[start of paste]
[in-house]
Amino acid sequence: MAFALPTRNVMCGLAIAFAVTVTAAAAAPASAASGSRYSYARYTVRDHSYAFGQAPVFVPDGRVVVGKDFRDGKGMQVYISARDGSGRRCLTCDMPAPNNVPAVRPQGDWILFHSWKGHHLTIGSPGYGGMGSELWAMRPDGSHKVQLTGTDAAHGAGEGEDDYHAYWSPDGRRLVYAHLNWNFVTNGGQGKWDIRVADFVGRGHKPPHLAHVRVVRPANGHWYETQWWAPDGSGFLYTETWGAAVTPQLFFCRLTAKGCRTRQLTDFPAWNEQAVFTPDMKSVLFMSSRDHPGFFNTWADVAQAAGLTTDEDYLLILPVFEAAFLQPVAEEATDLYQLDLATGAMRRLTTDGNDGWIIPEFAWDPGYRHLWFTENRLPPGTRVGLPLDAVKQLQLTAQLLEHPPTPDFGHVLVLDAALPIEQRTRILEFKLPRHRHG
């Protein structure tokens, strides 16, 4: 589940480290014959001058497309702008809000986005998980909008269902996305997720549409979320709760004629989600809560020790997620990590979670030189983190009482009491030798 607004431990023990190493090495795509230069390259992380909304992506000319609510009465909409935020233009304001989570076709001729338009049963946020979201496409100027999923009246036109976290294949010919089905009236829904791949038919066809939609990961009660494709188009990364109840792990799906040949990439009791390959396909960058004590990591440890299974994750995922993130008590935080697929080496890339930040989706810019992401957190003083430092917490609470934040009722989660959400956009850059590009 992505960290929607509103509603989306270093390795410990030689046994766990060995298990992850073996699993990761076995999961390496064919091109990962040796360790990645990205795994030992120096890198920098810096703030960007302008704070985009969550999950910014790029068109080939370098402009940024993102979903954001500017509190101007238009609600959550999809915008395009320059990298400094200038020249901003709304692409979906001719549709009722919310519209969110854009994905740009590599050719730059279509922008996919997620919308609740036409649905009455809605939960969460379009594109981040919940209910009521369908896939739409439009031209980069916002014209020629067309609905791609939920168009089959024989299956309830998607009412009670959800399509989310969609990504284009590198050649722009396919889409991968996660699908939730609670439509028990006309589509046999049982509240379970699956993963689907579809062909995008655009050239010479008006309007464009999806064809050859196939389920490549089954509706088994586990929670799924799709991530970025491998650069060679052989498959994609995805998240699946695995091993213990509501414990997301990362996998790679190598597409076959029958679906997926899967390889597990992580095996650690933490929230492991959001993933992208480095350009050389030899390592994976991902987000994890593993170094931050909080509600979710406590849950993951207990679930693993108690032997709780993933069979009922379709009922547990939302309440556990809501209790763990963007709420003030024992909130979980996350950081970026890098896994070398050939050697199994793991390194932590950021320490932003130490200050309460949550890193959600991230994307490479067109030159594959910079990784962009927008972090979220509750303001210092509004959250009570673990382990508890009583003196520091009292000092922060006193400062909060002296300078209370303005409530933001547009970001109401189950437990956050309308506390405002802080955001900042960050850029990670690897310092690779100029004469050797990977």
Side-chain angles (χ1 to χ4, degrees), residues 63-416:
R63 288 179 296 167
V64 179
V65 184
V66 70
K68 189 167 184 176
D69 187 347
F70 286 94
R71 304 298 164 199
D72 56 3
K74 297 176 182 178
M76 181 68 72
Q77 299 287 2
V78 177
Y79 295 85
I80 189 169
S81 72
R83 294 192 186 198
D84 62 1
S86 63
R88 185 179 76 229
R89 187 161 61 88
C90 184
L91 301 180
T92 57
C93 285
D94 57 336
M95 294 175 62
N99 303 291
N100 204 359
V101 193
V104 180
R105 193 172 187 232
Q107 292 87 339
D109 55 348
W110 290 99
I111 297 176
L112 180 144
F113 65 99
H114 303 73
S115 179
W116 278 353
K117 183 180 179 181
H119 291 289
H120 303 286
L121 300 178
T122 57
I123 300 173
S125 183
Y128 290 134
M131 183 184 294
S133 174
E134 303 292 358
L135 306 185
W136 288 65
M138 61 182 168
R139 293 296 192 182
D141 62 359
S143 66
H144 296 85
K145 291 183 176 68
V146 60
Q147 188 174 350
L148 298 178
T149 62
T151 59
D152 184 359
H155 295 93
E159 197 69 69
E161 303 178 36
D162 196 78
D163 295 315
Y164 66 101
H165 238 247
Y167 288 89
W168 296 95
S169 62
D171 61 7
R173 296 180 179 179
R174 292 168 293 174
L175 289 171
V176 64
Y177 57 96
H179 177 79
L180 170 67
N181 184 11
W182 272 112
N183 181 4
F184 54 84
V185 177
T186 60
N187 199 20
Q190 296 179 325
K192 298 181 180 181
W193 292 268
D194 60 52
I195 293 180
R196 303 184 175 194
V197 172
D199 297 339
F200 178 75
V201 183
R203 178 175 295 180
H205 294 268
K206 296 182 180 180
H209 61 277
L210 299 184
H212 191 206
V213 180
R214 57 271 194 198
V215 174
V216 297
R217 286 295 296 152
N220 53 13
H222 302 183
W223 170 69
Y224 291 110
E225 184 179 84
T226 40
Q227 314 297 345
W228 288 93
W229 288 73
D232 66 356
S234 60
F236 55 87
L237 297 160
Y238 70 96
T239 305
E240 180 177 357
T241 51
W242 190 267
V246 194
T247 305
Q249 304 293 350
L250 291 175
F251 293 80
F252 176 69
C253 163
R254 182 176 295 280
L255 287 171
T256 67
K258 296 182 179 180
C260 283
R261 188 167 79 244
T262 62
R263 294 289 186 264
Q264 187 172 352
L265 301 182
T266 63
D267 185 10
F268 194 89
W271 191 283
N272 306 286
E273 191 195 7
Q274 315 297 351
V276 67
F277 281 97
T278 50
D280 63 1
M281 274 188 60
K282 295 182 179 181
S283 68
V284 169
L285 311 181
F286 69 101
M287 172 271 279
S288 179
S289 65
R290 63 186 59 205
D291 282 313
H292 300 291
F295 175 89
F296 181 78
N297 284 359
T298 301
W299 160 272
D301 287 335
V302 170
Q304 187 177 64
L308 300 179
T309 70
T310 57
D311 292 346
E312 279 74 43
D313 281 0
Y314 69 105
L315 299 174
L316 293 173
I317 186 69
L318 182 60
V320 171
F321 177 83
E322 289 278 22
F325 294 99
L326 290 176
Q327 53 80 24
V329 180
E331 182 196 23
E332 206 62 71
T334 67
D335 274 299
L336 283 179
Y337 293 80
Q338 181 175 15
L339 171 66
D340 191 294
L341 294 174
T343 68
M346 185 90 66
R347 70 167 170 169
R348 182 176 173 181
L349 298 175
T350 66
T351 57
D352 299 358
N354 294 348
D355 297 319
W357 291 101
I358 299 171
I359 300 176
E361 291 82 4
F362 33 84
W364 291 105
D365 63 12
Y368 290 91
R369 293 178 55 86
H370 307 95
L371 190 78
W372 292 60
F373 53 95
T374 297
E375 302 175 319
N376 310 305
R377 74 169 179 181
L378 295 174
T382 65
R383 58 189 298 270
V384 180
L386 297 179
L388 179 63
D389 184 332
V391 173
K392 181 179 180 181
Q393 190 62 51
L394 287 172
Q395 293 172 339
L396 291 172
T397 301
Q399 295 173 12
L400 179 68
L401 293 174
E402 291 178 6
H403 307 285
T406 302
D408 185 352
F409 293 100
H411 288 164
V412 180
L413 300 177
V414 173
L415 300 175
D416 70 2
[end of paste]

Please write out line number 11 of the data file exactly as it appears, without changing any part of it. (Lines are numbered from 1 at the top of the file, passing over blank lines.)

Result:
F70 286 94